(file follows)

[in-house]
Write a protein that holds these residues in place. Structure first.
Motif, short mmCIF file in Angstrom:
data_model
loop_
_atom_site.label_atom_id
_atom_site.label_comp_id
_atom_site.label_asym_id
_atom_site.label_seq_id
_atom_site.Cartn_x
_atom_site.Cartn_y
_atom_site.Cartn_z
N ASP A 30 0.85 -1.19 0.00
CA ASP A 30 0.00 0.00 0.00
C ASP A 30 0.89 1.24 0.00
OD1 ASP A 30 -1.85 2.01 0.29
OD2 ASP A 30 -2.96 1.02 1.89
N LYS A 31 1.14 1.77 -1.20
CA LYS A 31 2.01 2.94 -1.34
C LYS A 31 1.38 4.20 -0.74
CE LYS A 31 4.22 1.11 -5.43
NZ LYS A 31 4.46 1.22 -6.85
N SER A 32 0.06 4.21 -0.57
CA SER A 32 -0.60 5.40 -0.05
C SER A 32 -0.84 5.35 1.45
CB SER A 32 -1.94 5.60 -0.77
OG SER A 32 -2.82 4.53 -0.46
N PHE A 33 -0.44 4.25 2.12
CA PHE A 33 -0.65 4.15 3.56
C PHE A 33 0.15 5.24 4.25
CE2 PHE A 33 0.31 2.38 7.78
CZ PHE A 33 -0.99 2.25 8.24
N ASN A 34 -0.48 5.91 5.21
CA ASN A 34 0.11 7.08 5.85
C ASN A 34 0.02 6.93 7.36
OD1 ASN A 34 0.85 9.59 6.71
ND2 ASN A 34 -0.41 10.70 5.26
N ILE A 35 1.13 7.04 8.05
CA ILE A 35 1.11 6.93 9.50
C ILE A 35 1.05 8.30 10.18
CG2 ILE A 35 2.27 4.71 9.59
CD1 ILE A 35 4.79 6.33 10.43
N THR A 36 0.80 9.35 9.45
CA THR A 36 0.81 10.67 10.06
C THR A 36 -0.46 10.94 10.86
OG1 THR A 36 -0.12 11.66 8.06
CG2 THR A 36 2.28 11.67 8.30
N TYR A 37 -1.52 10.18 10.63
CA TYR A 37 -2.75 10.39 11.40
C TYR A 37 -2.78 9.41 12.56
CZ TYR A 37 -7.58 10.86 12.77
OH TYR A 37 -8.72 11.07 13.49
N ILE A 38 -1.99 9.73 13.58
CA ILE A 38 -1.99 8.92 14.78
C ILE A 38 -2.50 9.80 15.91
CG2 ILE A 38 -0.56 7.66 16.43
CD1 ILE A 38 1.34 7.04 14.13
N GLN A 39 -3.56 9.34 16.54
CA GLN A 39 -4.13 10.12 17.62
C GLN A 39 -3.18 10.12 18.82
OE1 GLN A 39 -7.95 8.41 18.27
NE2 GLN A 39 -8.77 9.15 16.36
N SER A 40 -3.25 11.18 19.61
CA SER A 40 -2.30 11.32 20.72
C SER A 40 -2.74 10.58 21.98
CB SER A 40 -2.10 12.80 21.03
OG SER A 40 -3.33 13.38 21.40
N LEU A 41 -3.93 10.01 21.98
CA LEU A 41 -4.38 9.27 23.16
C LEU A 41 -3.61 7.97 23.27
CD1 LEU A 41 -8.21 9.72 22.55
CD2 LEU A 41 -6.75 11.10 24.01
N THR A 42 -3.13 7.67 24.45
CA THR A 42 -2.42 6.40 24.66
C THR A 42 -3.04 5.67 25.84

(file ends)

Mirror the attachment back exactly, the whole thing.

[in-house]
Write a protein that holds these residues in place. Structure first.
Motif, short mmCIF file in Angstrom:
data_model
loop_
_atom_site.label_atom_id
_atom_site.label_comp_id
_atom_site.label_asym_id
_atom_site.label_seq_id
_atom_site.Cartn_x
_atom_site.Cartn_y
_atom_site.Cartn_z
N ASP A 30 0.85 -1.19 0.00
CA ASP A 30 0.00 0.00 0.00
C ASP A 30 0.89 1.24 0.00
OD1 ASP A 30 -1.85 2.01 0.29
OD2 ASP A 30 -2.96 1.02 1.89
N LYS A 31 1.14 1.77 -1.20
CA LYS A 31 2.01 2.94 -1.34
C LYS A 31 1.38 4.20 -0.74
CE LYS A 31 4.22 1.11 -5.43
NZ LYS A 31 4.46 1.22 -6.85
N SER A 32 0.06 4.21 -0.57
CA SER A 32 -0.60 5.40 -0.05
C SER A 32 -0.84 5.35 1.45
CB SER A 32 -1.94 5.60 -0.77
OG SER A 32 -2.82 4.53 -0.46
N PHE A 33 -0.44 4.25 2.12
CA PHE A 33 -0.65 4.15 3.56
C PHE A 33 0.15 5.24 4.25
CE2 PHE A 33 0.31 2.38 7.78
CZ PHE A 33 -0.99 2.25 8.24
N ASN A 34 -0.48 5.91 5.21
CA ASN A 34 0.11 7.08 5.85
C ASN A 34 0.02 6.93 7.36
OD1 ASN A 34 0.85 9.59 6.71
ND2 ASN A 34 -0.41 10.70 5.26
N ILE A 35 1.13 7.04 8.05
CA ILE A 35 1.11 6.93 9.50
C ILE A 35 1.05 8.30 10.18
CG2 ILE A 35 2.27 4.71 9.59
CD1 ILE A 35 4.79 6.33 10.43
N THR A 36 0.80 9.35 9.45
CA THR A 36 0.81 10.67 10.06
C THR A 36 -0.46 10.94 10.86
OG1 THR A 36 -0.12 11.66 8.06
CG2 THR A 36 2.28 11.67 8.30
N TYR A 37 -1.52 10.18 10.63
CA TYR A 37 -2.75 10.39 11.40
C TYR A 37 -2.78 9.41 12.56
CZ TYR A 37 -7.58 10.86 12.77
OH TYR A 37 -8.72 11.07 13.49
N ILE A 38 -1.99 9.73 13.58
CA ILE A 38 -1.99 8.92 14.78
C ILE A 38 -2.50 9.80 15.91
CG2 ILE A 38 -0.56 7.66 16.43
CD1 ILE A 38 1.34 7.04 14.13
N GLN A 39 -3.56 9.34 16.54
CA GLN A 39 -4.13 10.12 17.62
C GLN A 39 -3.18 10.12 18.82
OE1 GLN A 39 -7.95 8.41 18.27
NE2 GLN A 39 -8.77 9.15 16.36
N SER A 40 -3.25 11.18 19.61
CA SER A 40 -2.30 11.32 20.72
C SER A 40 -2.74 10.58 21.98
CB SER A 40 -2.10 12.80 21.03
OG SER A 40 -3.33 13.38 21.40
N LEU A 41 -3.93 10.01 21.98
CA LEU A 41 -4.38 9.27 23.16
C LEU A 41 -3.61 7.97 23.27
CD1 LEU A 41 -8.21 9.72 22.55
CD2 LEU A 41 -6.75 11.10 24.01
N THR A 42 -3.13 7.67 24.45
CA THR A 42 -2.42 6.40 24.66
C THR A 42 -3.04 5.67 25.84